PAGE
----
- minimising red tape throughout the procurement process and contract
- ways to ensure maximum competition in the market, noting you must not exclude suppliers because they have no prior experience supplying to government
- the contract period and timing requirements – when do you need the goods or services, and for how long
- the capability of the market to supply the goods or services, and to respond to the market approach in the time provided
- whether simple procurement methods can be used, including multi-stage processes to reduce the resourcing impact on suppliers
- the capacity for innovative or alternative supply solutions
- the capacity of small and medium enterprises to respond to the market approach, and supply the goods or services
- market conditions, such as barriers to entry for new suppliers and the power balance between suppliers and buyers (including government)
- your agency’s international procurement obligations
- legal requirements or existing public sector requirements (such as Procurement Board Directions).
You can purchase directly from certain types of suppliers, up to defined values, even if there is a whole of government contract in place.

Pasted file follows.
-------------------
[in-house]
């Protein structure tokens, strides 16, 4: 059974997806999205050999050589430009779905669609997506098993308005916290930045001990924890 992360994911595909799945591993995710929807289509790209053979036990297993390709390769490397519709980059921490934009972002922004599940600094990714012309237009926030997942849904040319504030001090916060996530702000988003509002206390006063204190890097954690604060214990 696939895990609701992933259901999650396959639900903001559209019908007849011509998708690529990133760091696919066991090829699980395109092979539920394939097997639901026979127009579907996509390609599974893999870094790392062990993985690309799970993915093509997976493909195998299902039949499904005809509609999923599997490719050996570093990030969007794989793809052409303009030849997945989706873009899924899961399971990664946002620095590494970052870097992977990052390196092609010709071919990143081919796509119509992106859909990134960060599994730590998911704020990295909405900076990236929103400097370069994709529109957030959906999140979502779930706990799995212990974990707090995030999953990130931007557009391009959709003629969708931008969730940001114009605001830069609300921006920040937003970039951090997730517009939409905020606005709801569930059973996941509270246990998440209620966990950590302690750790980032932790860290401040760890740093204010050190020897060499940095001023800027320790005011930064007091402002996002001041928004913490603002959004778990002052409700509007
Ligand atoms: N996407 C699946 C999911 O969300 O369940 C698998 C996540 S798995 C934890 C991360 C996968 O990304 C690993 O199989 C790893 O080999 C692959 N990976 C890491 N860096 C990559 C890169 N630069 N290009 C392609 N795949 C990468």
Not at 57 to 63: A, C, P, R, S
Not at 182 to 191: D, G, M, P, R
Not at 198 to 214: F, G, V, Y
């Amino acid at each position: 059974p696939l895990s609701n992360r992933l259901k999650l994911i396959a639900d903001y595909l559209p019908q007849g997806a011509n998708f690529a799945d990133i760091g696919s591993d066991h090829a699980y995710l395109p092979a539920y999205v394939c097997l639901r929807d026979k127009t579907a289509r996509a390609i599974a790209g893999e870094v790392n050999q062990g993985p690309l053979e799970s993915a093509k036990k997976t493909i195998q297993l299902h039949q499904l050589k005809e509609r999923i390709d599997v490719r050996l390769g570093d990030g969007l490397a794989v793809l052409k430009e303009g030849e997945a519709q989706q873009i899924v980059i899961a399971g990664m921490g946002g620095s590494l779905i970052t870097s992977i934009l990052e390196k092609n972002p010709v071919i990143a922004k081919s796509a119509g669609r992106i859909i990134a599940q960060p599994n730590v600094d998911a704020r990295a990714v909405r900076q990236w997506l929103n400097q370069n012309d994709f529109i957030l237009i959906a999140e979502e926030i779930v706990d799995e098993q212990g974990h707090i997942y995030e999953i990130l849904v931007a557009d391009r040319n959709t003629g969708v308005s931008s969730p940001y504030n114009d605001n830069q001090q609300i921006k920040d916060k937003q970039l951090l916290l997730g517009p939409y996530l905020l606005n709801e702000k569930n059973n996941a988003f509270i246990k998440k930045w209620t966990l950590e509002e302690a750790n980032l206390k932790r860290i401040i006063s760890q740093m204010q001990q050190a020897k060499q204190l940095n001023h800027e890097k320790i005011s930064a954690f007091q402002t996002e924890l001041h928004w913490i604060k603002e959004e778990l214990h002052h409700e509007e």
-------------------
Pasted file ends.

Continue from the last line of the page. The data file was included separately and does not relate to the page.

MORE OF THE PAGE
You must still ensure you achieve value for money when using the procurement exemptions, for example by confirming the price is similar to market rates.
You must also check if your agency’s specific requirements or policies limit the use of these exemptions, due to safety, security or infrastructure considerations. As for any expenditure, you still need to seek internal approval and follow your agency’s delegations manual.
|<$10,000||Any||You may purchase from any supplier.||PBD-2019-04 Approved Procurement Arrangements|
|<$50,000||Small business||You may directly purchase from a small business (a business with fewer than 20 full time equivalent employees, including sole traders and start-ups).|